From the greek works kuáneos, meaning ‘dark blue’ and túpos, meaning ‘mark or impression’ a cyanotype is a photoreactive print created by treating paper with ferric ammonium citrate or ferric ammonium oxalate, and potassium ferricyanide. The ingredients and cheap and the reproductions are clear, though distinctly cyan, and after its invention in 1842 by Sir John Herschel, it was used by amateur botanists, scientists, the occasional artist, and most famously by architects, who used the process to create blueprints.

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Arrangement of Specimens, Hippolyte Bayard

Arrangement of Specimens Hippolyte Bayard, 1842

Lace Glove, Hippolyte Bayard

Lace Glove Hippolyte Bayard, 1843 – 1846

Dictyota dichotoma (Forkweed), Anna Atkins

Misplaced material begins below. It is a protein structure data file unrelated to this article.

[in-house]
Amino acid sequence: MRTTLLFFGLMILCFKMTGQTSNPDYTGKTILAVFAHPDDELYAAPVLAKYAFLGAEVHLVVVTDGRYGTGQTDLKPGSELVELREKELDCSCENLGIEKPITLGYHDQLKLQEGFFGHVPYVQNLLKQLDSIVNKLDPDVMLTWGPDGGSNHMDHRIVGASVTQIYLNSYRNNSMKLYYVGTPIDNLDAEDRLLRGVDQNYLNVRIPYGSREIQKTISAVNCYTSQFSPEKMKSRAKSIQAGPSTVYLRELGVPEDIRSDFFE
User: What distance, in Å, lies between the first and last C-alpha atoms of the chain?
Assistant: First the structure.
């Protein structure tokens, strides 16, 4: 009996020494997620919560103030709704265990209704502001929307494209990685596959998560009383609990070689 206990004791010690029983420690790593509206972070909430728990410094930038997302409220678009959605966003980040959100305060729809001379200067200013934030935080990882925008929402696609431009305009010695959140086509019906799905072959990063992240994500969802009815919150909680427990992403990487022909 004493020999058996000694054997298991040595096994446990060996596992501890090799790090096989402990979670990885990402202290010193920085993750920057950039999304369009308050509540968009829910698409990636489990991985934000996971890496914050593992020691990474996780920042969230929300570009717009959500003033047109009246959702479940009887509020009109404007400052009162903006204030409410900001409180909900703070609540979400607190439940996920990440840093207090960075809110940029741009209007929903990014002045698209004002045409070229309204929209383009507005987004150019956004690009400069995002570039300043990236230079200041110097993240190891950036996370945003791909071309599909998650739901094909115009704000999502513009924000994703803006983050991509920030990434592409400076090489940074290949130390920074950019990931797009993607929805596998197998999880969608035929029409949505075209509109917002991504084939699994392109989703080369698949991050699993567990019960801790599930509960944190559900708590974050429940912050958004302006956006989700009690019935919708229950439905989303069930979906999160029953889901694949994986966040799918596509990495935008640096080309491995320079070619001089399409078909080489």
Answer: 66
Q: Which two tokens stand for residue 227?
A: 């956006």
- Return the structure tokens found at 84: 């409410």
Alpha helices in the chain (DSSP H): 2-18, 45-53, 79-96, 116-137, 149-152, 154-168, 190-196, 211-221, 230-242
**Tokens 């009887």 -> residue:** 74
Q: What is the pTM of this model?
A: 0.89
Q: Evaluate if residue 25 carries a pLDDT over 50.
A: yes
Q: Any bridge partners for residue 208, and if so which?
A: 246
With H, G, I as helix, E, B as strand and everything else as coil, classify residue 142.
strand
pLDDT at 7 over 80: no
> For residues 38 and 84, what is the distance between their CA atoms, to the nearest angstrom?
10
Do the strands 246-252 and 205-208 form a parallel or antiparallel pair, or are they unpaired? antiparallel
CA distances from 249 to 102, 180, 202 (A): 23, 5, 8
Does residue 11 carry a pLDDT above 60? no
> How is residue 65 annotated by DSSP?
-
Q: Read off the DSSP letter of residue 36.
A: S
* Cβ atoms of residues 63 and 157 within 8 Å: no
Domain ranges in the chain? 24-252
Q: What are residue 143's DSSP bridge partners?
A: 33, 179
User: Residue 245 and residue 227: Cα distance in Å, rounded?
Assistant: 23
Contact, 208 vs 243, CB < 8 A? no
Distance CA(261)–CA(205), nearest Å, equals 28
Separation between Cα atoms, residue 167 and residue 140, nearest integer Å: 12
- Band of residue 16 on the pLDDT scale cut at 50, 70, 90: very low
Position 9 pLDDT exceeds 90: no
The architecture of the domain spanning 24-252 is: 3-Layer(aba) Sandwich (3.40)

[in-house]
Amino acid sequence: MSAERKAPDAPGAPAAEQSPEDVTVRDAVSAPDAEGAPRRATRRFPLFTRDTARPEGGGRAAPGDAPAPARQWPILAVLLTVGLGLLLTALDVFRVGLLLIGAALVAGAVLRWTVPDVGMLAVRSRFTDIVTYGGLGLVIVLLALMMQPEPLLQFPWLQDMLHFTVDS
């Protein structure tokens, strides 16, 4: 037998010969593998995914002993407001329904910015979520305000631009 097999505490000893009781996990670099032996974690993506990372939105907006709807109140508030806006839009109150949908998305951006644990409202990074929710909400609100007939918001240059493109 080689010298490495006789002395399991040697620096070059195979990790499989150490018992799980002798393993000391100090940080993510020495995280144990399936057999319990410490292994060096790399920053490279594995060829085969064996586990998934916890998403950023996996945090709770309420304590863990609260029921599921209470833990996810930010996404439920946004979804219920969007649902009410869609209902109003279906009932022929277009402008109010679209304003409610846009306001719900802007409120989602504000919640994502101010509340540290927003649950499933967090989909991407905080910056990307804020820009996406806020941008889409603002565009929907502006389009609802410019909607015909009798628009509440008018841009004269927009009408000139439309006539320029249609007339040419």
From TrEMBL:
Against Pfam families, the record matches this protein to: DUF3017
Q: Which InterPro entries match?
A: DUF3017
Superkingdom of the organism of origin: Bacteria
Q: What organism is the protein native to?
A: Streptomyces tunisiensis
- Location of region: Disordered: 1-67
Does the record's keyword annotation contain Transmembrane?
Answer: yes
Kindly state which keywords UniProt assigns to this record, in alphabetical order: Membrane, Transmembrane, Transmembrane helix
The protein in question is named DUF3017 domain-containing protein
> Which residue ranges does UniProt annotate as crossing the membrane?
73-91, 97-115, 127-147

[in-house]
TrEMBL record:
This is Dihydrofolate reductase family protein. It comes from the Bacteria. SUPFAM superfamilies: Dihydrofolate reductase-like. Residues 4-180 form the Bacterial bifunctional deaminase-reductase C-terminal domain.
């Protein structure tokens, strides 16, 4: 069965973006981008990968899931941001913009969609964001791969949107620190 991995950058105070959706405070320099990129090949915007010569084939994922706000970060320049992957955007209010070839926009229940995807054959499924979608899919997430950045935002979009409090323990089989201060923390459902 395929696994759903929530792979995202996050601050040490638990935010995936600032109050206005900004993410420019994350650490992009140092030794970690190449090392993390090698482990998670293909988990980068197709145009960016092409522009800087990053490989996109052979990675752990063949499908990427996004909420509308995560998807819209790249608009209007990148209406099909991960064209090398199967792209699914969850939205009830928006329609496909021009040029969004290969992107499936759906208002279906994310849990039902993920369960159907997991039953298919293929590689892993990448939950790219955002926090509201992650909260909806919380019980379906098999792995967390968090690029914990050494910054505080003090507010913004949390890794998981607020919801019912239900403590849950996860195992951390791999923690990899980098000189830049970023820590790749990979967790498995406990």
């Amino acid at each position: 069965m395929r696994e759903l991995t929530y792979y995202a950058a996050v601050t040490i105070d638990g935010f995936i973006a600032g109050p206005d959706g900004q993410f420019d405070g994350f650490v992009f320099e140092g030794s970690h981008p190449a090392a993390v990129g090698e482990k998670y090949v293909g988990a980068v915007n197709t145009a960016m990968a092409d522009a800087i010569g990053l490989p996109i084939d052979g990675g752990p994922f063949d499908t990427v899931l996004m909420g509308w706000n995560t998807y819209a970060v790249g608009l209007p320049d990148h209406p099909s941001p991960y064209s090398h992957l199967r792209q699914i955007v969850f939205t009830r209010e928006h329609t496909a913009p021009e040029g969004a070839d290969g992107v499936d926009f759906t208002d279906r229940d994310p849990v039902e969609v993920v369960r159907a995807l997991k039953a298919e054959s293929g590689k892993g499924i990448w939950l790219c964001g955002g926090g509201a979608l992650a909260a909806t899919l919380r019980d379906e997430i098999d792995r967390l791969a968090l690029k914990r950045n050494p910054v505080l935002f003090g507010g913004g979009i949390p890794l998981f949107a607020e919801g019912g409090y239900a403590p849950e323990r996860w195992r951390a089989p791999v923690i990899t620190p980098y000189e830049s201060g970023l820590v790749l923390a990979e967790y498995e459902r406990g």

Dictyota dichotoma (Forkweed) Anna Atkins, 1849 – 1850

Aspidium Lobatium, Anna Atkins

Aspidium Lobatium Anna Atkins, 1853

Chordaria flagelliformis, Anna Atkins

Chordaria flagelliformis Anna Atkins, 1853

Polypodium Phegopteris (Northern beech fern), Anna Atkins

Polypodium Phegopteris (Northern beech fern) Anna Atkins, 1853

Papaver Orientale (Oriental poppy), Anna Atkins

Papaver Orientale (Oriental poppy) Anna Atkins, 1852 – 1854

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Watercolor, Mediums


Lithography, Mediums


Terracotta, Mediums


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